Division of Trading and Markets Staff Provides No-Action Assurance Concerning MiFID II-Compliant Research Payments and Section 28(e)’s Safe Harbor 

In a letter to SIFMA’s Asset Management Group (SIFMA AMG), the staff of the SEC’s Division of Trading and Markets provided assurance that it would not recommend that the SEC take enforcement action if, in compliance with MiFID II, an investment adviser uses client assets to make payment through an RPA for research alongside payments for execution services in reliance on the safe harbor of Section 28(e) of the Exchange Act. 

Background

Under the Section 28(e) safe harbor, an investment adviser that satisfies the conditions of the section does not act unlawfully or breach its fiduciary duties solely on the basis that the investment adviser uses client commissions to pay a broker-dealer more than the lowest available commission rate for eligible research and brokerage services provided by the broker-dealer. To fall within the Section 28(e) safe harbor, advisers and other fiduciaries must make a good faith determination that the amount of commission paid is reasonable in relation to the value of the brokerage and research services being provided. 

In its letter requesting no-action assurance, SIFMA AMG stated that investment advisers in the United States often rely on a client commission arrangement (CCA) structure to pay a single bundled commission to broker-dealers for order execution and Section 28(e)-eligible brokerage and research services. Under such a structure, the executing broker-dealer credits the portion of the commission for research to a CCA administered by the executing broker-dealer and retains the remainder of the commission payment. An alternative to the foregoing, as described in SIFMA AMG’s letter, is an arrangement in which the executing broker-dealer forwards the research portion of the commission to a CCA administered by an external “aggregator” or administrator. In such circumstances, the investment adviser instructs the executing broker-dealer to deduct the portion of the commission payment for brokerage, including execution, from payments going to the CCA administered by that third party. In either case, the investment adviser receives research from a research provider or the executing broker-dealer that is paid for through a CCA funded with client assets. 

SIFMA AMG asserted that although the commission paid by the client is bundled to include research and brokerage (including execution), it effectively becomes unbundled when, pursuant to the adviser’s agreement with the executing broker-dealer, the executing broker-dealer retains its brokerage portion and credits (in the case in which the executing broker-dealer administers the CCA) or transmits (in the case in which an external “aggregator” administers the CCA) the research portion to the CCA. 

SIFMA AMG’s letter to the SEC staff stated that a “typical RPA” is expected to operate in a manner similar to the CCA model with two relevant distinctions: (1) the amount paid for research is identified separately from the amount paid for execution before the investment adviser makes the payments to the executing broker; i.e., the unbundling occurs at a different point in time; and (2) the RPA is required to be under the control of the investment adviser and the investment adviser is held responsible for the RPA. According to SIFMA AMG, despite these differences, an RPA structure does not change the economic arrangements for research payments already falling under Section 28(e) safe harbor, continues to protect against illegal payments to brokers that do not actually provide or pay for research and is consistent with the public policy of cost transparency.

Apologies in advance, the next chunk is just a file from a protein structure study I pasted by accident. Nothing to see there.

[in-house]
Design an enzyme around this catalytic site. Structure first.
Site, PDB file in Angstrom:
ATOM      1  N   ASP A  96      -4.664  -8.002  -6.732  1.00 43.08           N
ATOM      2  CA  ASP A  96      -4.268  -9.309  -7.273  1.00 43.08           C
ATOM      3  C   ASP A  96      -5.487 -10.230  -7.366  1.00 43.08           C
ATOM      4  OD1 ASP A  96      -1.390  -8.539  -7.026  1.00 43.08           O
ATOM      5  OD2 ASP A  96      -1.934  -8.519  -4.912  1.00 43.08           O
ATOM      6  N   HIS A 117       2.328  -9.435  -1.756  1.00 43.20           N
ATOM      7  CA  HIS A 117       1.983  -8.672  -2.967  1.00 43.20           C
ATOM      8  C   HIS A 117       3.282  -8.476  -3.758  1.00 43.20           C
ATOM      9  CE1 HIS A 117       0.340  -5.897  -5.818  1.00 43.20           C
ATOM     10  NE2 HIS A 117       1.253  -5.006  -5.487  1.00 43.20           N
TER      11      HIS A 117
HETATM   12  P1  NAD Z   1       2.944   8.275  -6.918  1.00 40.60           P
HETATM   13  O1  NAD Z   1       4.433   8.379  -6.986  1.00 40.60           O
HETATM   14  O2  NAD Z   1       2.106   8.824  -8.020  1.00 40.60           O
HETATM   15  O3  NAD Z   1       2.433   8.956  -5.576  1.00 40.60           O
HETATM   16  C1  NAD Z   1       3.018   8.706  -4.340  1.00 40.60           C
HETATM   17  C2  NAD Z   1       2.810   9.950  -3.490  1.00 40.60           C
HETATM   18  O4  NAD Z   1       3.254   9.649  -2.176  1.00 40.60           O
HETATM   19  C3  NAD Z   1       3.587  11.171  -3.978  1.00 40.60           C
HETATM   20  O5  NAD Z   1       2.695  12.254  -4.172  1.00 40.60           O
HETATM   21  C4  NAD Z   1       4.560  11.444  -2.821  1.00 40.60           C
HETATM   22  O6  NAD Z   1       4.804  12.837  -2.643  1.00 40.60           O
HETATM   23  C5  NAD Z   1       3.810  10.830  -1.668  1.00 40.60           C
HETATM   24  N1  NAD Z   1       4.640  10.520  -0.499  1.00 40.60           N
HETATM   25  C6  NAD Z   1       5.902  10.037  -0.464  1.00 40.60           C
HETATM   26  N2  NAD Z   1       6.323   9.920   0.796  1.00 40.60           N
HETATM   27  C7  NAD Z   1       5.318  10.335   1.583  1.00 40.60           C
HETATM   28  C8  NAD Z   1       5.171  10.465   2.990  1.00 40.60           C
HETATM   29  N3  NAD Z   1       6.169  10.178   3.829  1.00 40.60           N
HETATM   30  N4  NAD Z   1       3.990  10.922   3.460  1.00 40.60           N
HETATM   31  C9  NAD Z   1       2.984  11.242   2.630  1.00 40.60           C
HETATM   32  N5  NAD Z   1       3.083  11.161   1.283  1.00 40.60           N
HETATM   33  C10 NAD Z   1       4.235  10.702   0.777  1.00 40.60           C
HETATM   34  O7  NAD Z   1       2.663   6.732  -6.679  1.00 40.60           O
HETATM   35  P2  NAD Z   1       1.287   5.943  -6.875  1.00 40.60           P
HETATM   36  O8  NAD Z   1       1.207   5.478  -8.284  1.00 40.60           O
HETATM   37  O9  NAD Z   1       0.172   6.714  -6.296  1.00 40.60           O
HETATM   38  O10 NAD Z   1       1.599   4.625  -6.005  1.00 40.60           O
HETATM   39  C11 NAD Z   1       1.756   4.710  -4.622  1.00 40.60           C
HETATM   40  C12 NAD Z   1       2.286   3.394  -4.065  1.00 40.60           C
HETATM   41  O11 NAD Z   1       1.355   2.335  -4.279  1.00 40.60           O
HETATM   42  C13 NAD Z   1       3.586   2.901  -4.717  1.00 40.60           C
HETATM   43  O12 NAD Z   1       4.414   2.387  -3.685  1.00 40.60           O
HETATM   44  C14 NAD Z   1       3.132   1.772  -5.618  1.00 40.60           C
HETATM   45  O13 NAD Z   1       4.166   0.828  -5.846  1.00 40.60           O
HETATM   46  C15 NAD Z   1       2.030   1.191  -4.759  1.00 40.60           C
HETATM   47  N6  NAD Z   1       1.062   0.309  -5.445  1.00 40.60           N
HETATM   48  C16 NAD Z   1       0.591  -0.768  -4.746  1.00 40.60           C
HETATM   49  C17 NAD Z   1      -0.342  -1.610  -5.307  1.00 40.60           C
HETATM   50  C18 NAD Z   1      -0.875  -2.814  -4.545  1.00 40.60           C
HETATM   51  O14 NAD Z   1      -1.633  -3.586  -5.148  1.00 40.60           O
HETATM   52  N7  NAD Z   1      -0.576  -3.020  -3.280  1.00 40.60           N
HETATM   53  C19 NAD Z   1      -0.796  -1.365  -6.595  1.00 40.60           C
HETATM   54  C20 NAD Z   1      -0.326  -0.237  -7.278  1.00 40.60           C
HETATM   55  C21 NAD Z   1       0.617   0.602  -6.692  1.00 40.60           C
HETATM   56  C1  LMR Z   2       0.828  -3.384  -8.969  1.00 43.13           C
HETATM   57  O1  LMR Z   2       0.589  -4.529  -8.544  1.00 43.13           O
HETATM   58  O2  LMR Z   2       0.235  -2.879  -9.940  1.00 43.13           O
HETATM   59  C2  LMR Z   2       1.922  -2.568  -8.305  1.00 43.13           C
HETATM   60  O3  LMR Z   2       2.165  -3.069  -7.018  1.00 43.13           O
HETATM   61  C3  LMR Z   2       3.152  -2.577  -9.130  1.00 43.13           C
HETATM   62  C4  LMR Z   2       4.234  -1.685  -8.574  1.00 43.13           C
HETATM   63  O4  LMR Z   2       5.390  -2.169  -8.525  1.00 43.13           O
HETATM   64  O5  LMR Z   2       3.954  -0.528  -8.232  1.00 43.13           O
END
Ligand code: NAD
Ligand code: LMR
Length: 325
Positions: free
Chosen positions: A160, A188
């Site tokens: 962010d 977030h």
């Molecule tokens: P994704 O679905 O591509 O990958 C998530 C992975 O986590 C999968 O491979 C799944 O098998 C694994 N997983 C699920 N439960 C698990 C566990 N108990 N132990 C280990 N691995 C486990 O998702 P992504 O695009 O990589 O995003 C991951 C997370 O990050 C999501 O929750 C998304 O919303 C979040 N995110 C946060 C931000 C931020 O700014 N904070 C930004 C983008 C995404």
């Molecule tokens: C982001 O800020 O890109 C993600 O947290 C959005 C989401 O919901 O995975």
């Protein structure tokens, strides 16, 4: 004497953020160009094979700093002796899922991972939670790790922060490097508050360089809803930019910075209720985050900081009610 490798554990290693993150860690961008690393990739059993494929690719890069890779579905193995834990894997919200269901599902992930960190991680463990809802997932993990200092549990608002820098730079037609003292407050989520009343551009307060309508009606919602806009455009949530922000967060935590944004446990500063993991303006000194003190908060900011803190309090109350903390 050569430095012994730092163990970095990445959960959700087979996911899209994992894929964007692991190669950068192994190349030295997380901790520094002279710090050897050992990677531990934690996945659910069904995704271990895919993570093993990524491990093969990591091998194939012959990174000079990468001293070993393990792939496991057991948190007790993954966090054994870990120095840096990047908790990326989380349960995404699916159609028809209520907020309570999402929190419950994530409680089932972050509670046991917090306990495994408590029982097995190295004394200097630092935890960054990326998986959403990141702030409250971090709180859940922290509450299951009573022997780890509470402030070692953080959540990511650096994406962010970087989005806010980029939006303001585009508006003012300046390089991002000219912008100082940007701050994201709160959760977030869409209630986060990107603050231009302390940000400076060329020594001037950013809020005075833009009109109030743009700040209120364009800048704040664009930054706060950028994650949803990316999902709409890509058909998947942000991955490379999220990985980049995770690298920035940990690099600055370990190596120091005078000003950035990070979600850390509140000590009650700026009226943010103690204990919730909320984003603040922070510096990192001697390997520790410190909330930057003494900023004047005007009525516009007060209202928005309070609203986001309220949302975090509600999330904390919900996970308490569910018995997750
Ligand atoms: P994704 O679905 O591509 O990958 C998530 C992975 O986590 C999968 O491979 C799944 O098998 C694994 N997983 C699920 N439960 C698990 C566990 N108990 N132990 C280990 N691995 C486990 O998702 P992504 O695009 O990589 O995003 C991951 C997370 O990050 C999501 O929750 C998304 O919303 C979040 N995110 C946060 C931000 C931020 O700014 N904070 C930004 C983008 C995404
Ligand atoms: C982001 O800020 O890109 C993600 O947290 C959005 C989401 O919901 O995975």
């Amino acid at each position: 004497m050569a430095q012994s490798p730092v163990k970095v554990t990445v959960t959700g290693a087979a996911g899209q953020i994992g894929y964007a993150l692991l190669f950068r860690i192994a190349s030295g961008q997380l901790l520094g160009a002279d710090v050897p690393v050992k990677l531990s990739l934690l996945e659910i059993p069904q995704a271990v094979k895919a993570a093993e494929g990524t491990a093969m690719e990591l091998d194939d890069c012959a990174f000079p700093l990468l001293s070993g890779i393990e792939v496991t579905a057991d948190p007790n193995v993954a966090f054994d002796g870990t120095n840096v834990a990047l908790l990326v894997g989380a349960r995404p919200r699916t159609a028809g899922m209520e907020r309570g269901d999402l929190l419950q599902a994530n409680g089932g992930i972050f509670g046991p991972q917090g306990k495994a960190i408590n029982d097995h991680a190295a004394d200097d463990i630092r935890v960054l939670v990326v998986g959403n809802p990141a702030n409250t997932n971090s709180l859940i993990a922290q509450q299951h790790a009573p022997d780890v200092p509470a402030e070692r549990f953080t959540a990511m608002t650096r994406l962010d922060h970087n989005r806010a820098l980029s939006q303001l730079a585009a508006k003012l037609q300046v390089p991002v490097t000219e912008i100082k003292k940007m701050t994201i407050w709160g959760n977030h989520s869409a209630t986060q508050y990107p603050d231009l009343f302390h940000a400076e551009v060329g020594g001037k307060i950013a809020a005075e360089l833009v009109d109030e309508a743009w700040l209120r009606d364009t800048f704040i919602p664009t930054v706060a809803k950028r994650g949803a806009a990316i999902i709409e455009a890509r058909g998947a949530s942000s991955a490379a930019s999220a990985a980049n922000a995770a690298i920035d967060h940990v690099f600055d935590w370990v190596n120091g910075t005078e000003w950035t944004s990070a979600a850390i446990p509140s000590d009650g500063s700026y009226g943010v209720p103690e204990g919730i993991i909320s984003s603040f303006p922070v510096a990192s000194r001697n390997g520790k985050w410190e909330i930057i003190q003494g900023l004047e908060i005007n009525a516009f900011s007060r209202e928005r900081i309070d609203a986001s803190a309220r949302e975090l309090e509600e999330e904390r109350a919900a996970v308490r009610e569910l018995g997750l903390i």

SIFMA AMG’s letter to the SEC staff stated that when an RPA is operated in connection with a CCA, the research payments continue to be paid to the executing broker-dealer and the payments into the CCA are then routed into an RPA. Although the investment adviser may in some circumstances engage the executing broker-dealer or a thirdparty administrator to administer the RPA, in all cases the executing broker-dealer is contractually required to collect research payments alongside payments for execution services made by the investment adviser out of client assets and pay such amounts into the RPA. 

No-Action Relief

In providing no-action assurance regarding an investment adviser seeking to operate in reliance on Section 28(e) of the Exchange Act if its pays for research through the use of RPA that conforms to the requirements of MiFID II, the SEC staff noted that the relief will apply only in the following circumstances:

(1) the investment adviser makes payments to the executing broker-dealer out of client assets for research alongside payments to that executing broker-dealer for execution; 

(2) the research payments are for research services that are eligible for the safe harbor under Section 28(e); 

(3) the executing broker-dealer effects the securities transactions for purposes of Section 28(e); and

(4) the executing broker-dealer is legally obligated by contract with the investment adviser to pay for research through the use of an RPA in connection with a CCA. 

The SEC staff cautioned that its position “is subject to modification or revocation at any time.” 

The Division of Trading and Markets staff’s no-action letter to SIFMA AMG addressing Section 28(e)’s safe harbor and RPA arrangements is available at: https://www.sec.gov/divisions/marketreg/mr-noaction/2017/sifma-amg- 102617-28e.pdf.